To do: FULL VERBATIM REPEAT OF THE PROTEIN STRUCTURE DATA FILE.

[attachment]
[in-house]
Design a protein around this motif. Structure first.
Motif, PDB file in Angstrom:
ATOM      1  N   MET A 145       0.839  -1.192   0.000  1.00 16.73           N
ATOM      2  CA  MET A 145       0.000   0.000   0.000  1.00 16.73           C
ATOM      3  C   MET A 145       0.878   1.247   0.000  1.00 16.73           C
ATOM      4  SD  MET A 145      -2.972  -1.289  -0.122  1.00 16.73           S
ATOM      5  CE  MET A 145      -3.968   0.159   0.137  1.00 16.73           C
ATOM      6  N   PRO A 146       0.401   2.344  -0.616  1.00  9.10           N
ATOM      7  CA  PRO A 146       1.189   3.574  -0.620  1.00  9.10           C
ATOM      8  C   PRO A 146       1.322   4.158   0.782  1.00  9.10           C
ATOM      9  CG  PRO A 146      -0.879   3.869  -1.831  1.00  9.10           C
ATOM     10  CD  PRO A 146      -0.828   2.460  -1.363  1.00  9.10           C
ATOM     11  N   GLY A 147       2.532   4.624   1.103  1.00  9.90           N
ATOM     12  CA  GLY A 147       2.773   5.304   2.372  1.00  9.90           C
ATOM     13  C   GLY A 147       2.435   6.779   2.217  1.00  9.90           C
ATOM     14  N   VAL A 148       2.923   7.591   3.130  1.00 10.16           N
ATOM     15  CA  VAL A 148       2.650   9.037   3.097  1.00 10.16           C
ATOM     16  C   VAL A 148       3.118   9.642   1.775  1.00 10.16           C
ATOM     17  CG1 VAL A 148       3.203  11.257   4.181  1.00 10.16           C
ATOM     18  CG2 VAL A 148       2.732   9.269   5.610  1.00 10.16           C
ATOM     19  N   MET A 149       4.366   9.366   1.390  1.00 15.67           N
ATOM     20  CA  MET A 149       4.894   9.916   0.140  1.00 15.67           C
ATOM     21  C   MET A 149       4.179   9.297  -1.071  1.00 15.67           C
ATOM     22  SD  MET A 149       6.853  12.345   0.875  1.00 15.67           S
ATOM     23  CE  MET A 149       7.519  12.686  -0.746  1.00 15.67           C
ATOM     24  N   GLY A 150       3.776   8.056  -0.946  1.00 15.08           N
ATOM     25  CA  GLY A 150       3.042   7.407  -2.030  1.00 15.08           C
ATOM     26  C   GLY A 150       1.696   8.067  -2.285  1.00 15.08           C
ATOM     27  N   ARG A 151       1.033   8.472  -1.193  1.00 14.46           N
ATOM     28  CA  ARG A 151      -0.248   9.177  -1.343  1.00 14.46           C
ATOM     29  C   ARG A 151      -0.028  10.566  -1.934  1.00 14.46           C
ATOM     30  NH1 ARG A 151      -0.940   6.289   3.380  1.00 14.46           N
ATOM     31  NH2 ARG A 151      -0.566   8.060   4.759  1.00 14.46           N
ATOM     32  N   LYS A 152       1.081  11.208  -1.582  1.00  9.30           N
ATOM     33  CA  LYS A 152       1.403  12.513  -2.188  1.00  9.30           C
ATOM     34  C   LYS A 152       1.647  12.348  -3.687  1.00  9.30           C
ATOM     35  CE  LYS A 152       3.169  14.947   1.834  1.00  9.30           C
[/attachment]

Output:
[in-house]
Design a protein around this motif. Structure first.
Motif, PDB file in Angstrom:
ATOM      1  N   MET A 145       0.839  -1.192   0.000  1.00 16.73           N
ATOM      2  CA  MET A 145       0.000   0.000   0.000  1.00 16.73           C
ATOM      3  C   MET A 145       0.878   1.247   0.000  1.00 16.73           C
ATOM      4  SD  MET A 145      -2.972  -1.289  -0.122  1.00 16.73           S
ATOM      5  CE  MET A 145      -3.968   0.159   0.137  1.00 16.73           C
ATOM      6  N   PRO A 146       0.401   2.344  -0.616  1.00  9.10           N
ATOM      7  CA  PRO A 146       1.189   3.574  -0.620  1.00  9.10           C
ATOM      8  C   PRO A 146       1.322   4.158   0.782  1.00  9.10           C
ATOM      9  CG  PRO A 146      -0.879   3.869  -1.831  1.00  9.10           C
ATOM     10  CD  PRO A 146      -0.828   2.460  -1.363  1.00  9.10           C
ATOM     11  N   GLY A 147       2.532   4.624   1.103  1.00  9.90           N
ATOM     12  CA  GLY A 147       2.773   5.304   2.372  1.00  9.90           C
ATOM     13  C   GLY A 147       2.435   6.779   2.217  1.00  9.90           C
ATOM     14  N   VAL A 148       2.923   7.591   3.130  1.00 10.16           N
ATOM     15  CA  VAL A 148       2.650   9.037   3.097  1.00 10.16           C
ATOM     16  C   VAL A 148       3.118   9.642   1.775  1.00 10.16           C
ATOM     17  CG1 VAL A 148       3.203  11.257   4.181  1.00 10.16           C
ATOM     18  CG2 VAL A 148       2.732   9.269   5.610  1.00 10.16           C
ATOM     19  N   MET A 149       4.366   9.366   1.390  1.00 15.67           N
ATOM     20  CA  MET A 149       4.894   9.916   0.140  1.00 15.67           C
ATOM     21  C   MET A 149       4.179   9.297  -1.071  1.00 15.67           C
ATOM     22  SD  MET A 149       6.853  12.345   0.875  1.00 15.67           S
ATOM     23  CE  MET A 149       7.519  12.686  -0.746  1.00 15.67           C
ATOM     24  N   GLY A 150       3.776   8.056  -0.946  1.00 15.08           N
ATOM     25  CA  GLY A 150       3.042   7.407  -2.030  1.00 15.08           C
ATOM     26  C   GLY A 150       1.696   8.067  -2.285  1.00 15.08           C
ATOM     27  N   ARG A 151       1.033   8.472  -1.193  1.00 14.46           N
ATOM     28  CA  ARG A 151      -0.248   9.177  -1.343  1.00 14.46           C
ATOM     29  C   ARG A 151      -0.028  10.566  -1.934  1.00 14.46           C
ATOM     30  NH1 ARG A 151      -0.940   6.289   3.380  1.00 14.46           N
ATOM     31  NH2 ARG A 151      -0.566   8.060   4.759  1.00 14.46           N
ATOM     32  N   LYS A 152       1.081  11.208  -1.582  1.00  9.30           N
ATOM     33  CA  LYS A 152       1.403  12.513  -2.188  1.00  9.30           C
ATOM     34  C   LYS A 152       1.647  12.348  -3.687  1.00  9.30           C
ATOM     35  CE  LYS A 152       3.169  14.947   1.834  1.00  9.30           C